Occupying one quarter of a Full region leveraging the private region Land Capacity bonus, lies The Last Aokigahara Souls. A highly photogenic setting cast beneath a night sky, this is a place designed primarily designed by Eddie Takeda and Clair Wolf Takeda (Kajda1610) which is open to the public, and is described as a piece of Japanese nature where visitors can relax and enjoy a good cup of tea.
The name appears to have been taken from Aokigahara, the Blue Tree Meadow (also known as the Sea of Trees); a rich forest which has grown on some 30 square kilometres of lava laid down by the last major eruption of Mount Fuji in 864 CE. Located on the volcano’s north-west flank, the forest is a popular tourist destination, and has a historical reputation as a home to yūrei, the ghosts of the dead – something which might again be perhaps reflected in the parcel’s name.
Like its namesake, The Last Aokigahara Souls is a place where volcanic rock can be found – notably in the curtain cliffs which bound this sky-based location, and in the multiple basalt columns and outcrops found throughout. Also like its namesake, this is a richly wooded setting, home to both streams and pools of water, where exploration is encouraged along paths and trails.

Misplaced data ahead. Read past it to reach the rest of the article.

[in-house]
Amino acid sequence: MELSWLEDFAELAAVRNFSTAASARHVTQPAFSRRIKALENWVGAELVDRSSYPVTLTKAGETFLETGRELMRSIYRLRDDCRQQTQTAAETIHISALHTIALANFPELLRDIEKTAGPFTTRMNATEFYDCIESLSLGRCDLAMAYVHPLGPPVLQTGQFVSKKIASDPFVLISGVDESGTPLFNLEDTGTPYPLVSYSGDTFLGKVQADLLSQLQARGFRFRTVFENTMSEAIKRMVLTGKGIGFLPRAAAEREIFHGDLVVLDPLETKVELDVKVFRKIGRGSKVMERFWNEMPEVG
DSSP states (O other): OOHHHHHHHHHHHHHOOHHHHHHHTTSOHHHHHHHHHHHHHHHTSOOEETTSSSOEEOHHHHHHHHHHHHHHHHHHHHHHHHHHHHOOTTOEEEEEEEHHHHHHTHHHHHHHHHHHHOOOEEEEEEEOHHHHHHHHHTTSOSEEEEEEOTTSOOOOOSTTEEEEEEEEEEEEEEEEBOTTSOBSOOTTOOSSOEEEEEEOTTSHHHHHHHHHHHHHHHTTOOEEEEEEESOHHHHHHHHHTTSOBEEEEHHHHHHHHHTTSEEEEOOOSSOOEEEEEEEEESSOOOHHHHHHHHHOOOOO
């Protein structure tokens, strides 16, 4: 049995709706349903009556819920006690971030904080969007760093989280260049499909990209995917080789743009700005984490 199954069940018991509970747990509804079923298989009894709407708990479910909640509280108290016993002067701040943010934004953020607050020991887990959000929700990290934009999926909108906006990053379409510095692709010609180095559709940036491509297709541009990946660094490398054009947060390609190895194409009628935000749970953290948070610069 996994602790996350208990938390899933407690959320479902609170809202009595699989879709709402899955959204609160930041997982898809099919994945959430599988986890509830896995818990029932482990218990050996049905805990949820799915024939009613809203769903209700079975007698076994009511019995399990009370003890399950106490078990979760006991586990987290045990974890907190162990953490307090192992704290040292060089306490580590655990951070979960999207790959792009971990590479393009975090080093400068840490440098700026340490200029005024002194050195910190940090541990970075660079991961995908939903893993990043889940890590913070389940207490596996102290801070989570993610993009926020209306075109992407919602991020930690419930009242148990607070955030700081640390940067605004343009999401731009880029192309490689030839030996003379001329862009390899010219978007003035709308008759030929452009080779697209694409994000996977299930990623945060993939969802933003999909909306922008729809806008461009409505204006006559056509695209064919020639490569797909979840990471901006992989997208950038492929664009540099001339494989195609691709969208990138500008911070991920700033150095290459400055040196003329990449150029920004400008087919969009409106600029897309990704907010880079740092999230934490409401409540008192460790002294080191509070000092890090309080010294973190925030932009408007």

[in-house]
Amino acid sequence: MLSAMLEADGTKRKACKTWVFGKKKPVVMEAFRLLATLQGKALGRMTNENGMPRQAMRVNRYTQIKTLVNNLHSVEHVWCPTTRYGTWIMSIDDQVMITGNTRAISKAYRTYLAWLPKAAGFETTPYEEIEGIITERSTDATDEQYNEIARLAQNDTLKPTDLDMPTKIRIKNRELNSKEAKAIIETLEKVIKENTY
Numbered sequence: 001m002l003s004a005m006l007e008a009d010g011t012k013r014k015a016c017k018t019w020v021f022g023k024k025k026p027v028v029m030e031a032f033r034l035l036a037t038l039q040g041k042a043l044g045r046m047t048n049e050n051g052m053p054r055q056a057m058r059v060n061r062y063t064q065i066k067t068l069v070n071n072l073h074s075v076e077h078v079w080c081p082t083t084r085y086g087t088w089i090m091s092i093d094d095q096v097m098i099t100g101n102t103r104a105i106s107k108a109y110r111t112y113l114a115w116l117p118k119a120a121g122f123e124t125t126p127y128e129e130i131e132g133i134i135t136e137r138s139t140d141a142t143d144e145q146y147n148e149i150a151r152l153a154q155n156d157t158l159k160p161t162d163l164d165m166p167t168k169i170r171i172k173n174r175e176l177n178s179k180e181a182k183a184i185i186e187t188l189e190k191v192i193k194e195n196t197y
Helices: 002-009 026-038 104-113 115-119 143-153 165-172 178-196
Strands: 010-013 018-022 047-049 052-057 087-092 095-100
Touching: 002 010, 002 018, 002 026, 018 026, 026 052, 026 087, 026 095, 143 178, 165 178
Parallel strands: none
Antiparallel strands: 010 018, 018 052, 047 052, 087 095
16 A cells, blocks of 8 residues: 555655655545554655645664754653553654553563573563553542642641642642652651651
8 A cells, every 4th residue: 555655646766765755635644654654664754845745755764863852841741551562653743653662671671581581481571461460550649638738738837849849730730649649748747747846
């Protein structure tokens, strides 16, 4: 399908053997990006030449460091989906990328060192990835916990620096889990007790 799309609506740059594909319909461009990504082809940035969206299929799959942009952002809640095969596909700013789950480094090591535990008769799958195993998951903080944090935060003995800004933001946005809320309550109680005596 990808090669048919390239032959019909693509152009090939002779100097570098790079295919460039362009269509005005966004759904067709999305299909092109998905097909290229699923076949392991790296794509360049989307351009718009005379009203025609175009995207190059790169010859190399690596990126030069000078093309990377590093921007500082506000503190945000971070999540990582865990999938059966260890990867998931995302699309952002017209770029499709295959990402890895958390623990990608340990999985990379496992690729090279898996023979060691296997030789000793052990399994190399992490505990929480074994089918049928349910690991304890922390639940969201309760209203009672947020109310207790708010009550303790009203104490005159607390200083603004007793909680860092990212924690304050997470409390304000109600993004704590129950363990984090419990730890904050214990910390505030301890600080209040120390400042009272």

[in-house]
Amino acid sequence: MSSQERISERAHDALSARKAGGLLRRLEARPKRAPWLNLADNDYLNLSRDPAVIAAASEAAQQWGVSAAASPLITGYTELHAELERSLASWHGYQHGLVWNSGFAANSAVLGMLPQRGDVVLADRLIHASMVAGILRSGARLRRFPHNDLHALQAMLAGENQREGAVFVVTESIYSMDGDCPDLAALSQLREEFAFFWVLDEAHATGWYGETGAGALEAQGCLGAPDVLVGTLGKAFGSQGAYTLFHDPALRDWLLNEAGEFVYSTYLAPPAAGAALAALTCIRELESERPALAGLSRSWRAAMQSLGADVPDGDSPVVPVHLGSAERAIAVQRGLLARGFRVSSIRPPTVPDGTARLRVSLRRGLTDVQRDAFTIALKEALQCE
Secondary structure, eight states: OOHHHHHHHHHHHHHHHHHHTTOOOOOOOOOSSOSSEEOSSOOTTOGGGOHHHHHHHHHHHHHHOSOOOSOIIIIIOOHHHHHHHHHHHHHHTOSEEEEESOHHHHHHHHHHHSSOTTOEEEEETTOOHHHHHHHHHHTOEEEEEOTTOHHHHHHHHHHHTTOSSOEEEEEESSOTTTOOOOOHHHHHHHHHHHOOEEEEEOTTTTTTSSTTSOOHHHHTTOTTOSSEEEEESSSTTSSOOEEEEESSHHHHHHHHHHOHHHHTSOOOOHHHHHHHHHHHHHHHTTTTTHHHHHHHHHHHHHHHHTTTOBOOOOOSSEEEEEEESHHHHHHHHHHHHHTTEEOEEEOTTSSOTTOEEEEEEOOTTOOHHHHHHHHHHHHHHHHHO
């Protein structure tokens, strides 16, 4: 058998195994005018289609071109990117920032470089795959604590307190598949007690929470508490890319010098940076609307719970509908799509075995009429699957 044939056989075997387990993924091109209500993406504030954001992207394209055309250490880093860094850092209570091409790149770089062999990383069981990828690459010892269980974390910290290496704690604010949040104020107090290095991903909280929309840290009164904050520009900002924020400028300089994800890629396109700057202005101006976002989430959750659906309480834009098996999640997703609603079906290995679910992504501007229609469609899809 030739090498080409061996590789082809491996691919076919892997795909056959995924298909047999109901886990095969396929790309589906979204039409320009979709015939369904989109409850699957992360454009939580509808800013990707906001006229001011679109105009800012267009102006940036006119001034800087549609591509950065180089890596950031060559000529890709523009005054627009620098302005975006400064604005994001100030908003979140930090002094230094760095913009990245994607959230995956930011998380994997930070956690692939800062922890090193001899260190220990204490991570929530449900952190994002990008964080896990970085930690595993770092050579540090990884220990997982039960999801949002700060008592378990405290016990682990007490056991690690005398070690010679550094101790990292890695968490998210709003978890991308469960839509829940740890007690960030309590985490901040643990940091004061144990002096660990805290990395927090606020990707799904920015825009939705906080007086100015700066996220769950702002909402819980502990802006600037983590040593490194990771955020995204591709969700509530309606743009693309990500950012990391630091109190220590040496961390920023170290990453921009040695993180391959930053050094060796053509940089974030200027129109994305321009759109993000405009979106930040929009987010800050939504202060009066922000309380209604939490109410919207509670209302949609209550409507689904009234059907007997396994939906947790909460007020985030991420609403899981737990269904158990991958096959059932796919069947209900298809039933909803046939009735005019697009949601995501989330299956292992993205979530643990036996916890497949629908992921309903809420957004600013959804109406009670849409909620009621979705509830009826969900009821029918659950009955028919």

The landing point sits within the outer courtyard of a large traditional-styles Japanese house, a smaller guest house facing it from across the gravel floor of the courtyard. Information boards to one side avail themselves to visitors, as does the seating located within the courtyard. Access to the house is via a set of inner courtyards, and once inside, visitors can make their way through the inner courtyards to where coffee awaits thirsty folk at the back of the house, or those wishing to unwind a little more can partake of sake in one of the two side rooms of the lower floor.